My Favorite Gear For Winter Riding

winter cycling gear

We are lucky enough to ride year-round here in San Francisco. While most days require nothing more than a jersey and bike shorts, once winter actually hits, the riding gets cold. I know, I know–winter in California is not exactly winter in Minnesota but I have been colder riding my bike here than ice climbing in Canada. Morning temps hover in the low 30s, with the afternoon warming up to the 40s and maybe low 50s if there is lots of sunshine and little wind. This can make dressing for a ride difficult, so layers is key. Here is a look at some of my favorite gear that keeps me cranking out miles straight through the off-season.

Pearl Izumi Thermal Jersey
Pearl Izumi Thermal Jersey, DeFeet Gloves, Zojirushi Thermos

Pearl Izumi Elite Thermal LTD Jersey ($130): This long sleeve, fleece lined jersey keeps you warm and cozy when the temperature drops, and also helps to quickly wick away any sweat build up from those long climbs so you don’t freeze on the descent. Three super deep pockets at the back give you plenty of room to stuff those extra layers and even a thermos full of coffee. Sometimes I throw a baselayer on underneath depending on the weather.

Zojirushi Vacuum Mug ($28): There is nothing better than a swig of hot coffee when you are suffering through a cold, windy, and wet ride. Not many of my locals rides (especially gravel ones) go near coffee shops, so I bring the coffee with me. This stainless steel, double-wall vacuum insulated thermos weighs less than 200 grams and holds just under 1/2L of liquid–that’s triple shot 16-ounce latte size. It fits perfectly into a jersey pocket and the push button lid locks to ensure no leakage. You can bet this thermos will also live in my ski jacket and ice climbing belay jacket this winter.

DeFeet Duraglove ET ($20): Unless it is raining, these are my go-to winter gloves. My hands sweat a lot when I ride, so I need gloves that will keep me warm but are also ultra breathable–the Cordura yarn plated to the outside of the glove creates an abrasion resistant exterior that blocks enough air to keep you warm, while still allowing your hands to breathe during high-intensity activity. The grip on the palm helps you grab hold of the brakes and the fingers are touchscreen compatible for operating your phone and Garmin.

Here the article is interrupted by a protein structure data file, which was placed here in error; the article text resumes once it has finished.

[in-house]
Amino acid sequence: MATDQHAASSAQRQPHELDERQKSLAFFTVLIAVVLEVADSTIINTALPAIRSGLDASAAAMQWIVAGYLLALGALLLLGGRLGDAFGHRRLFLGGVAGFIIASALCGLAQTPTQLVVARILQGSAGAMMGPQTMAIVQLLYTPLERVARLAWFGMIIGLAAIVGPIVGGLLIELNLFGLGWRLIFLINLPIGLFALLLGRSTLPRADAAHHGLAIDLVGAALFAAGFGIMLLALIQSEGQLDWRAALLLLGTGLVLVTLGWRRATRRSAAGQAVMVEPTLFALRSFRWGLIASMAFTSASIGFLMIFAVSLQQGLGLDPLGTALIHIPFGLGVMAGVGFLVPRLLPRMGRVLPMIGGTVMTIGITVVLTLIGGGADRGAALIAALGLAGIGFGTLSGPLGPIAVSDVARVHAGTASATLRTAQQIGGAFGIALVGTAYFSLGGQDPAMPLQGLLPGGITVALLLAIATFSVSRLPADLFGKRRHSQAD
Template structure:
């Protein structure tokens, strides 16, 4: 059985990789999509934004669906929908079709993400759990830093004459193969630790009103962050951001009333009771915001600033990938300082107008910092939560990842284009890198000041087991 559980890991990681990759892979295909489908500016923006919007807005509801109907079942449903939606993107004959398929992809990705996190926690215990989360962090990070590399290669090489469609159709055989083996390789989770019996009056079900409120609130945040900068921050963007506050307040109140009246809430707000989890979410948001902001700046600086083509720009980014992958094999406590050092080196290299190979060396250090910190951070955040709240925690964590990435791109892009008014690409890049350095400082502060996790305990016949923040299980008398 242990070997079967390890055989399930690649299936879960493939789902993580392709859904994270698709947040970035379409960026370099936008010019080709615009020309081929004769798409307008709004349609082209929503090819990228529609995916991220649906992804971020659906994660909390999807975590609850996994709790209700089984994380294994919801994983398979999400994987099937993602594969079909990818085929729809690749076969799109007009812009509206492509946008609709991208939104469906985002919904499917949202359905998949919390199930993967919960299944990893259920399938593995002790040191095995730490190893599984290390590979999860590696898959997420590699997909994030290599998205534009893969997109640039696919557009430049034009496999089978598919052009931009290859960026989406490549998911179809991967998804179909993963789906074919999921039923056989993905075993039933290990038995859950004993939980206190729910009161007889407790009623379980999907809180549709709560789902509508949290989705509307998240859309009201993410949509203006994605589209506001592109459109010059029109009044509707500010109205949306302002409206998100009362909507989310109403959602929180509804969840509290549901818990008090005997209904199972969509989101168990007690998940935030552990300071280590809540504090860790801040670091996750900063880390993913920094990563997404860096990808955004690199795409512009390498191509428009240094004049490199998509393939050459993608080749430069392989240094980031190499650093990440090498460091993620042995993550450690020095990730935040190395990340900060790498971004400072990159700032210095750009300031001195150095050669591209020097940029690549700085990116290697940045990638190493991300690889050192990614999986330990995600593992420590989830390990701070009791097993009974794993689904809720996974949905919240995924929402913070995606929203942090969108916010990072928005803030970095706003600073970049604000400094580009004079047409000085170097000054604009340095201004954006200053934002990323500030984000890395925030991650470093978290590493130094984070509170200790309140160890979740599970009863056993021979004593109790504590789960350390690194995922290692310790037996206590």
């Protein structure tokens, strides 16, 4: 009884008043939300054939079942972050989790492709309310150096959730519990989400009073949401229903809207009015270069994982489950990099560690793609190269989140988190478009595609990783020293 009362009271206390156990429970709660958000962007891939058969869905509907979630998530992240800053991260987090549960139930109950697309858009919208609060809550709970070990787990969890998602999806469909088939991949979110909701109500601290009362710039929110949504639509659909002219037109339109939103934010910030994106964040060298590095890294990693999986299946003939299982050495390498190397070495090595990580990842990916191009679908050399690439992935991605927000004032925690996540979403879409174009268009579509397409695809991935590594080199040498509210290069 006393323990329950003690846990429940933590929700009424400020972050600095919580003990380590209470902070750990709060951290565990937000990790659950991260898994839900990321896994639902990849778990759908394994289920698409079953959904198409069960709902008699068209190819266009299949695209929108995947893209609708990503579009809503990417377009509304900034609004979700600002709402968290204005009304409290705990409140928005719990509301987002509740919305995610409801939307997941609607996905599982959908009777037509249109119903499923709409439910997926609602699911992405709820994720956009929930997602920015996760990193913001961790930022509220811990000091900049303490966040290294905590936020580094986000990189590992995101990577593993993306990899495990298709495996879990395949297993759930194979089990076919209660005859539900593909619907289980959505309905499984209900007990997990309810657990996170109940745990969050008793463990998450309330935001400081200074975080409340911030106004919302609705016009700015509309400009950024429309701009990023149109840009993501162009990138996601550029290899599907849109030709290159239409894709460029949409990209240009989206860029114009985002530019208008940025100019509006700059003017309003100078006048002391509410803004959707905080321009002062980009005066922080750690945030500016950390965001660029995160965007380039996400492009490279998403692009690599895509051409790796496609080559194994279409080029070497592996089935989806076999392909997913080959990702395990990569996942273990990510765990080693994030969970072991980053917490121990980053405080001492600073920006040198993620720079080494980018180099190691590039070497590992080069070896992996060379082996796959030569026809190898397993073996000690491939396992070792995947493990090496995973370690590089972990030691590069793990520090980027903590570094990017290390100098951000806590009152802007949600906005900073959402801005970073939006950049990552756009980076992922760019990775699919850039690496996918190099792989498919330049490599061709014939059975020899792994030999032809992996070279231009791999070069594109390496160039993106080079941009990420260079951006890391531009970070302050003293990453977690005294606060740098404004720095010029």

7Mesh Jacket
7Mesh Revelation Jacket

7Mesh Revelation Jacket ($450): When the rain starts rolling in or I need an extra cold wind barrier, I throw on my Revelation Jacket. Made from Gore-Tex Pro, it’s breathable enough for riding hard on the flats–when facing a long uphill slog, I simply throw open both side vents. The hood is removable if you don’t plan to encounter heavy downpours.

Pearl Izumi Thermal Tights
Pearl Izumi Thermal Tights and Softshell Shoe Covers

Pearl Izumi Symphony Thermal Cycling Tight ($145): When it’s REALLY cold or raining, I will throw on these fleece lined tights. The key is the strategically placed panels of softshell material in the knees and front thigh areas that gives you added protection from wind and rain. Note–be sure it’s really cold, snowing, or raining before you decide to throw these on. They are warm. If the weather is somewhat mild or your route involves a bunch of climbing, you will end up feeling like you are riding in a wetsuit–stick with the regular fleece lined or 3/4 tights instead. All you fat bikers and winter commuters will love these tights, however.

Pearl Izumi Elite Softshell Shoe Covers ($70): My toes are the first thing to go on a cold ride–by the time I get home, I can barely walk. So now, I throw on some CEP merino/polyamide compression socks to help keep blood flowing and moisture moving away from my skin, my cycling shoes, then these softshell shoe covers over the top.

Knog Blinder Mob Kid Grid
Knog Blinder Mob Kid Grid

Knog Blinder Mob Front ($45) and Vertical Rear Light ($45): I normally only ride in the daytime, but I find in the low-light winter conditions around here that cars and even other riders are more apt to see you if you run both a flashing rear and front light. As they don’t have to be bright enough to navigate–just bright enough to get people to notice–these 44 lumen (rear) and 80 lumen (front) lights are perfect. Super easy to attach and remove from your bike, these Knog bike lights operate in 5 different modes (steady high, steady low, strobe flash, fancy flash, eco flash). You will be surprised at how effective these small, fun lights can be–they are called Blinders for a reason.

Blinder Mob
Knog Blinder Mob V Kid Grid
Rodeo Beach
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